The Government of India Act, 1935 provided for the abolition of the India Council of the Secretary of State and advisors were to be appointed in its place for his consultation and aid, wherever the Secretary of State deemed it necessary.
7. The Home Government lifted the Central over Indian sphere
The Home Government lessened its control over Indian sphere due to the introduction of Provincial autonomy in the provinces and responsible Government at Centre. The Governors and the Governor-General were made strictly responsible to the Secretary of State, in the exercise of their discretionary powers.
8. Substractions from the principles of responsible Govt.
The Government of India Act, 1935, provided vital subtractions from the principles of responsible Government as well as of Self-Government, Firstly, Indian Legislatures were denied of many legislative powers and secondly, the Governors and the Governor-General were empowered to over-ride their ministers and legislatures in certain circumstances.
9. Establishment of a rigid Constitution
The Act of 1935 provided for a rigid Constitution, only British Government was
competent to amend it.
10. Establishment of Provincial Autonomy
In pursuance of the policy declaration of August, 1917, the Government of India Act, 1935 granted provincial autonomy. The control of outside powers was relaxed to considerable extent.
Chief defects of the Act
The chief defects of the Government of India Act, 1935 were as under –
(i) The power to amend the Constitution was not given in Indian hands. Ultimately Indians had no control over the Government of their country.
(ii) People disliked the introduction of dyarchy at the Centre as they already had seen its evil in the Provinces.
(iii) It depended upon the choice of Indian States to join the Federation or not.
(iv) The Indian States were given the privileged position in the Federation so they were serving the British interests everywhere.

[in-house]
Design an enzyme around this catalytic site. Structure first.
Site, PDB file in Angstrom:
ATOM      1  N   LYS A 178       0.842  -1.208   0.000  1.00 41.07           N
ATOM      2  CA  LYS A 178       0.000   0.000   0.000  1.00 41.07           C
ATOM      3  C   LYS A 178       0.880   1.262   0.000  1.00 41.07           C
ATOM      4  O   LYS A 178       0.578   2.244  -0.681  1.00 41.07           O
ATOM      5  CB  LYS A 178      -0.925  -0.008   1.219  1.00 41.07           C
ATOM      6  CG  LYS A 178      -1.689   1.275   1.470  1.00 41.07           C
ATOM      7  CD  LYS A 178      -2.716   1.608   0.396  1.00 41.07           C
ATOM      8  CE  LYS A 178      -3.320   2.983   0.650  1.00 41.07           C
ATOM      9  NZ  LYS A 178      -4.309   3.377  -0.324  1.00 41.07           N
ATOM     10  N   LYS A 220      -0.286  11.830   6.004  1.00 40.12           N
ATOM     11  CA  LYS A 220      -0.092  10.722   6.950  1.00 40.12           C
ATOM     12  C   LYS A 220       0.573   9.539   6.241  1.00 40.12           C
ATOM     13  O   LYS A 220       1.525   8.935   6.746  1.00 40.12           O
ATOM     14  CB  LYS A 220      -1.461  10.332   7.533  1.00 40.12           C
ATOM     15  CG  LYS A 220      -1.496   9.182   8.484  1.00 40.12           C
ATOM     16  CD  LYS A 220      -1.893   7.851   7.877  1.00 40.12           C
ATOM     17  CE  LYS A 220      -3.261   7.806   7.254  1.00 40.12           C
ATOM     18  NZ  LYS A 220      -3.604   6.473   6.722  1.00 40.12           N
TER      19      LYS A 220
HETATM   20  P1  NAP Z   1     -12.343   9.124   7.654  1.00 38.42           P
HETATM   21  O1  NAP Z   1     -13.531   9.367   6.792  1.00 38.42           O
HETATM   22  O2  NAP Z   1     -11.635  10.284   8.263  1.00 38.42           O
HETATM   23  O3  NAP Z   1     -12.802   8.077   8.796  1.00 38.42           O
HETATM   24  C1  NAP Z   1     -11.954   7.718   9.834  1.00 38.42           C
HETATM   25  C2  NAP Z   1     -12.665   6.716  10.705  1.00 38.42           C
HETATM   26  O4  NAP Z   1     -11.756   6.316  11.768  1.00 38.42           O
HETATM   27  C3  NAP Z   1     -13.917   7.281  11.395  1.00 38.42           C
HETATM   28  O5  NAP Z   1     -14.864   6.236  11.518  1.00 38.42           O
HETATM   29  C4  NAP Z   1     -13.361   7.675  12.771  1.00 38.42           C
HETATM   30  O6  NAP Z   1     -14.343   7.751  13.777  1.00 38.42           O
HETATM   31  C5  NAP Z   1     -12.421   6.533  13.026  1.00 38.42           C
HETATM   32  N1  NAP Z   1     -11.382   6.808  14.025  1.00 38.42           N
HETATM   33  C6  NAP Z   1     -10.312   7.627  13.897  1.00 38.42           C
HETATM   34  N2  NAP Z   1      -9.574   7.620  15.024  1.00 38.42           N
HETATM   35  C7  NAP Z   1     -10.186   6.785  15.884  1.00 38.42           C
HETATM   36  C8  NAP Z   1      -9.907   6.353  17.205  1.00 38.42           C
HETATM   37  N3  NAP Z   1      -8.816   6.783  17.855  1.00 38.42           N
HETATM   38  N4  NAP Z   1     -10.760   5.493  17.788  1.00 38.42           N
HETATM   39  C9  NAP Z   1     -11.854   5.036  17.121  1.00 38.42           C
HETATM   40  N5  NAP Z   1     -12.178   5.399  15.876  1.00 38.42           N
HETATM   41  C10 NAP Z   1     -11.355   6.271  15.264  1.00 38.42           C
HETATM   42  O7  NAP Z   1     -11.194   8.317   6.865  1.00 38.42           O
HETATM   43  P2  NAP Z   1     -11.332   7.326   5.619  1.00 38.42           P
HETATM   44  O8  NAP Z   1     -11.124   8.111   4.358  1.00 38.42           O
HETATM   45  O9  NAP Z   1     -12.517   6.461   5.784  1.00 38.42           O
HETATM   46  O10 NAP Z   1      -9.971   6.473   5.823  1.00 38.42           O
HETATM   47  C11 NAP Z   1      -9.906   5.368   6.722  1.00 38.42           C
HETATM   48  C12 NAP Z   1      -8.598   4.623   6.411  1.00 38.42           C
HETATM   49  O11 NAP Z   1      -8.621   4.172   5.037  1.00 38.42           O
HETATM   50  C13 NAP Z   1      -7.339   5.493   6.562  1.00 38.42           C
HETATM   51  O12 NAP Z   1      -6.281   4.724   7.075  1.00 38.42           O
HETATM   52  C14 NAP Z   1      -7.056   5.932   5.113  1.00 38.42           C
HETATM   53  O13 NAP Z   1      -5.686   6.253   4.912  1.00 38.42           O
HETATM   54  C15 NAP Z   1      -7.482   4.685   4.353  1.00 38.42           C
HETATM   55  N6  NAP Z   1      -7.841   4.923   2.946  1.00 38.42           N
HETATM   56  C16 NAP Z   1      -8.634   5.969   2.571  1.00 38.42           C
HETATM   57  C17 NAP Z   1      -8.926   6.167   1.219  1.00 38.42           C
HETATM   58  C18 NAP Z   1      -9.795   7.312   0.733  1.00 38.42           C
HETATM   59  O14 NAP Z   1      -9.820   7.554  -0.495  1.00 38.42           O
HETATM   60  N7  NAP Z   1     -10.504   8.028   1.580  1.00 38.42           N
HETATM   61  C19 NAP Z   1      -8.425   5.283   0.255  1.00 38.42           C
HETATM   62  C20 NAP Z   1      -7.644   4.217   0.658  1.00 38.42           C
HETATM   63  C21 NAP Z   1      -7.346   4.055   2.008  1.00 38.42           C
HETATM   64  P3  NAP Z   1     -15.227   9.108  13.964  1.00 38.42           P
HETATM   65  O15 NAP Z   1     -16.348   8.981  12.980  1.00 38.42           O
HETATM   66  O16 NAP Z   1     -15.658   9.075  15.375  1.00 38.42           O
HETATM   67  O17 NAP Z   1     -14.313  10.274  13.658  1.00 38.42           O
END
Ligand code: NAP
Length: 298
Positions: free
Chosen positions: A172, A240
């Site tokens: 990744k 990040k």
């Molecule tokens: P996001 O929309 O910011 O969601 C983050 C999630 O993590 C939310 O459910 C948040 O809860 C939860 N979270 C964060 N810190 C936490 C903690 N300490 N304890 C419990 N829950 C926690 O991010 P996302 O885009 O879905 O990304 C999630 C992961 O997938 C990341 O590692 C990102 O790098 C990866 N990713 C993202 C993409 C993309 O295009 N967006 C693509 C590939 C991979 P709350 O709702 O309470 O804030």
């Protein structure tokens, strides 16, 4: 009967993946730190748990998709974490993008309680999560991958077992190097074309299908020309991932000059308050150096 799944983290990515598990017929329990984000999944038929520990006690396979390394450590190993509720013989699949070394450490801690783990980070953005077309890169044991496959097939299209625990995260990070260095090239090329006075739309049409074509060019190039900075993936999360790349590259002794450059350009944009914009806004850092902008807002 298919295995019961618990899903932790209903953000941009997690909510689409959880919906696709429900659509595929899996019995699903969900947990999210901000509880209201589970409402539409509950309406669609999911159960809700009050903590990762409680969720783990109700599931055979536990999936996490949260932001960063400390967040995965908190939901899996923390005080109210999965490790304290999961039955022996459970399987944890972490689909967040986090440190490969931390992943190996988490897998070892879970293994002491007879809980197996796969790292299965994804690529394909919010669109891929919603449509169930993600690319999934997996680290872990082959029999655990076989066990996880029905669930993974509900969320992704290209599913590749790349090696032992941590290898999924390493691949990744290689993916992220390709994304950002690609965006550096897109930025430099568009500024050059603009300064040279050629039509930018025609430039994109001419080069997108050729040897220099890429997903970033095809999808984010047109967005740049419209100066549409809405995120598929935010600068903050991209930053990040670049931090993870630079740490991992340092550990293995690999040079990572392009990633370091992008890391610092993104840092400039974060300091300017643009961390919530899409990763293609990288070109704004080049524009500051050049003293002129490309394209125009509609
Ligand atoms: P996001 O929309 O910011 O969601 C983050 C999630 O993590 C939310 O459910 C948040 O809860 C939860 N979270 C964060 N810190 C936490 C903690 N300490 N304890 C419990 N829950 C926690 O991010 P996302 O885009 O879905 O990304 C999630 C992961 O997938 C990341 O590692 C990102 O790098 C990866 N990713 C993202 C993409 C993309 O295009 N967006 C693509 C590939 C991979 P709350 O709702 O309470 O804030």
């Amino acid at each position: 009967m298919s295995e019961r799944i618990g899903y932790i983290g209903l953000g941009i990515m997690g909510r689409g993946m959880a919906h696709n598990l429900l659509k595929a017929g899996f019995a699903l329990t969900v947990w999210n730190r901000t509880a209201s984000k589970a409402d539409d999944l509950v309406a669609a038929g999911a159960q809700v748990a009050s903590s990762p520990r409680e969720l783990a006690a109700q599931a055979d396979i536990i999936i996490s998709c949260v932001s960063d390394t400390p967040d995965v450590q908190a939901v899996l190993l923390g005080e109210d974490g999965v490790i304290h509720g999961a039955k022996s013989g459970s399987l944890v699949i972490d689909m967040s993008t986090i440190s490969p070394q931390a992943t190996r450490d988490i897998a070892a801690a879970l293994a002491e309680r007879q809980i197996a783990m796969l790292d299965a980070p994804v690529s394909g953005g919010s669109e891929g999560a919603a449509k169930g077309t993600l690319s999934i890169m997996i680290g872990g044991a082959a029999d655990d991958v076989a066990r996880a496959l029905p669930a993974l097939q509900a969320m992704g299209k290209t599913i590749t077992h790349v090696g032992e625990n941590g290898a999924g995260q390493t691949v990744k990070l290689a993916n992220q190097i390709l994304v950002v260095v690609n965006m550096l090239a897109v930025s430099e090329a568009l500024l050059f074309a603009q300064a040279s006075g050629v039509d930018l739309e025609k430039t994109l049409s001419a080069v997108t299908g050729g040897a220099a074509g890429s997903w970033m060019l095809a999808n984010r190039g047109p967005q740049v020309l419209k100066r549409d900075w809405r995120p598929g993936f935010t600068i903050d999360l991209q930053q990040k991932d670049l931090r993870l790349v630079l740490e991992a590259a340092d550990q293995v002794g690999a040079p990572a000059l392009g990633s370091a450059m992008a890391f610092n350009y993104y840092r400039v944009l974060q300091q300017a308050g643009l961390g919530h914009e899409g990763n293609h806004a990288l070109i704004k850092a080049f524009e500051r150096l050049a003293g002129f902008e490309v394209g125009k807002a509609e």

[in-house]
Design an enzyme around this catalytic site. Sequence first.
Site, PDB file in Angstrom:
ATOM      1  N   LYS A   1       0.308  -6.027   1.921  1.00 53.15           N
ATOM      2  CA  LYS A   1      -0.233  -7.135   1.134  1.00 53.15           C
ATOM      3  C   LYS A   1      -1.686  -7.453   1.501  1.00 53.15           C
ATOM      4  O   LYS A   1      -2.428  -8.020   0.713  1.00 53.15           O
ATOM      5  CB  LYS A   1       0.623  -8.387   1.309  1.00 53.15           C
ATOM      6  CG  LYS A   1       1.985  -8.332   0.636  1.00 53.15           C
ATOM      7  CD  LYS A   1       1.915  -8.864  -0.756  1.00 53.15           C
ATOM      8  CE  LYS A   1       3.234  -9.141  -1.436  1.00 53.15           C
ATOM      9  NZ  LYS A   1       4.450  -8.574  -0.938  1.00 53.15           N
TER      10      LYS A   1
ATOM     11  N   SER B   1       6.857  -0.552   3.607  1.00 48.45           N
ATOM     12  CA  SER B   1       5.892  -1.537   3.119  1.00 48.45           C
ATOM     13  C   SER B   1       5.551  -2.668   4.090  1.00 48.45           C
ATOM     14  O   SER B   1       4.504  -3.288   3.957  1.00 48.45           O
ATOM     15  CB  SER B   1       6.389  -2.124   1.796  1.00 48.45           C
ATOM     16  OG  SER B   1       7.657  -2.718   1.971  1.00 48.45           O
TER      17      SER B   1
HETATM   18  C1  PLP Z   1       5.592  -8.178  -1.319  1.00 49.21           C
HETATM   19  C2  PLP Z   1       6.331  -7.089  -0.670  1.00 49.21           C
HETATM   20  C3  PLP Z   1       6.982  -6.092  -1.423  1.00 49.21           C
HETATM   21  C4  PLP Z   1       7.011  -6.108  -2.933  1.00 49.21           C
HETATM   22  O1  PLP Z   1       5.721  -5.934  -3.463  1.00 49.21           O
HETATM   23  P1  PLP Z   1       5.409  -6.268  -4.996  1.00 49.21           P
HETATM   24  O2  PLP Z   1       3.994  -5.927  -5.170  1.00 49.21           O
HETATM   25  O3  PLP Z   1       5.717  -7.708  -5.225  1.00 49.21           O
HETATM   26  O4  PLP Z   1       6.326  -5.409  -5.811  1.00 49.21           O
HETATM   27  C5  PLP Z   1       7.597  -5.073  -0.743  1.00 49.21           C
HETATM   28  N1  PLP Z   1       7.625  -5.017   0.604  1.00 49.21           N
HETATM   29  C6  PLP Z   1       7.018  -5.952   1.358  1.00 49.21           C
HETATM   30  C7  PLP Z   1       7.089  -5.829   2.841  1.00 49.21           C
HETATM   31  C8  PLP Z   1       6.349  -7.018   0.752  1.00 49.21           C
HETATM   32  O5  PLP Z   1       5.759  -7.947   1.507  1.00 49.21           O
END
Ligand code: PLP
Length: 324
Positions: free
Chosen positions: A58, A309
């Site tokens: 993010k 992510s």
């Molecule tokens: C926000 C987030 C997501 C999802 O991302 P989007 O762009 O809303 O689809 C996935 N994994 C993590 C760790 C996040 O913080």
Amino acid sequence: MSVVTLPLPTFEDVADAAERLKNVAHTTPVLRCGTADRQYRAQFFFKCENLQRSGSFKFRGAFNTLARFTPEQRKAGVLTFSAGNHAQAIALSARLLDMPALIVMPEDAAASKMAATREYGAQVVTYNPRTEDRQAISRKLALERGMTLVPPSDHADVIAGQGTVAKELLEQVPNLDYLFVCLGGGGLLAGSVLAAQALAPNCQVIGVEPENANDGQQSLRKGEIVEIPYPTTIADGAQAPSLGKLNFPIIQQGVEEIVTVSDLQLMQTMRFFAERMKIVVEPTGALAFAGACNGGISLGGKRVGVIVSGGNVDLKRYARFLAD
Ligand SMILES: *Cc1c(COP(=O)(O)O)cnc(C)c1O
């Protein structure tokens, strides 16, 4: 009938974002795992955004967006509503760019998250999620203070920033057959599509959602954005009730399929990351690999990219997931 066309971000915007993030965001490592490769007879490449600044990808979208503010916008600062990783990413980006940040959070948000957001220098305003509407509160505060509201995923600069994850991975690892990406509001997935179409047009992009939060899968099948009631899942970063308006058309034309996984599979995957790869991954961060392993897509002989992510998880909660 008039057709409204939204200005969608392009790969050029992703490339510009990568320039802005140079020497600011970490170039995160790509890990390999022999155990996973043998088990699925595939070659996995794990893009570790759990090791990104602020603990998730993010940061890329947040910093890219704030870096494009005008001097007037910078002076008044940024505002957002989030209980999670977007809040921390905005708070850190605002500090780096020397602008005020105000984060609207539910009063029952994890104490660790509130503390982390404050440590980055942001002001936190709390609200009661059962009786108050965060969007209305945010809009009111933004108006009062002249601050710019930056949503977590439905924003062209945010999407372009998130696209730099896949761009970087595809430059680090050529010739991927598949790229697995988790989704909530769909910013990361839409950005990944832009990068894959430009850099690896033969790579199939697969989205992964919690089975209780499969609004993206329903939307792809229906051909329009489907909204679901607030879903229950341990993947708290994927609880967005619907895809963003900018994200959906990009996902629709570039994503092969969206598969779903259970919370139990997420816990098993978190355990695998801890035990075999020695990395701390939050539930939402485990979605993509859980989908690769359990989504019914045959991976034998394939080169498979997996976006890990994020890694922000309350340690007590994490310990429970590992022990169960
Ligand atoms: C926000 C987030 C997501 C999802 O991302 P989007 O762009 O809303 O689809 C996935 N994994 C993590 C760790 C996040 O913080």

(v) Indirect election to Federal Assembly were against the canons of Democracy.
(vi) The ultimate control of the Secretary of State over the All-India Services was detested by the Indian people.
(vii) Defence was consuming the lion’s share of the budget but being a Reserved subject was not controlled by Indians.
(viii) States Legislatures were filled by communal representation which was against the root of Indian nationalism.
(ix) The safeguards, reservations and special powers placed to the Indian Ministers under the constant Vigil and control of the Executive which Indians never liked.
(x) The discretionary powers of Governor reduced the Provincial autonomy to a farce.
(xi) The powers of Provincial Legislature were very much restricted. Upper Chambers were made reactionary bodies.
It was for above reasons that the Government of India Act, 1935, found favour from no quarter. Lord Atlee remarked : “The keynote of the Bill is mistrust.” Indian National Congress condemned it for its conservatism. Indian National Congress held that it did not envisage any transfer of power into Indian hands. A critic observed the Act as “disgusting, poisoning and offensive.”
From all that what is said above it can rightly be concluded in the words of Pylee “The federal system which the Act of 1935 aimed to establish was perhaps the most complex ever known in the history of federalism.”
Q.:- Discuss the federal features of system of Government established in India by Govt. of India Act, 1935.
Q.:- State the provisions of Government of India Act, 1935.
Q.:- What were the chief defects of this Act ?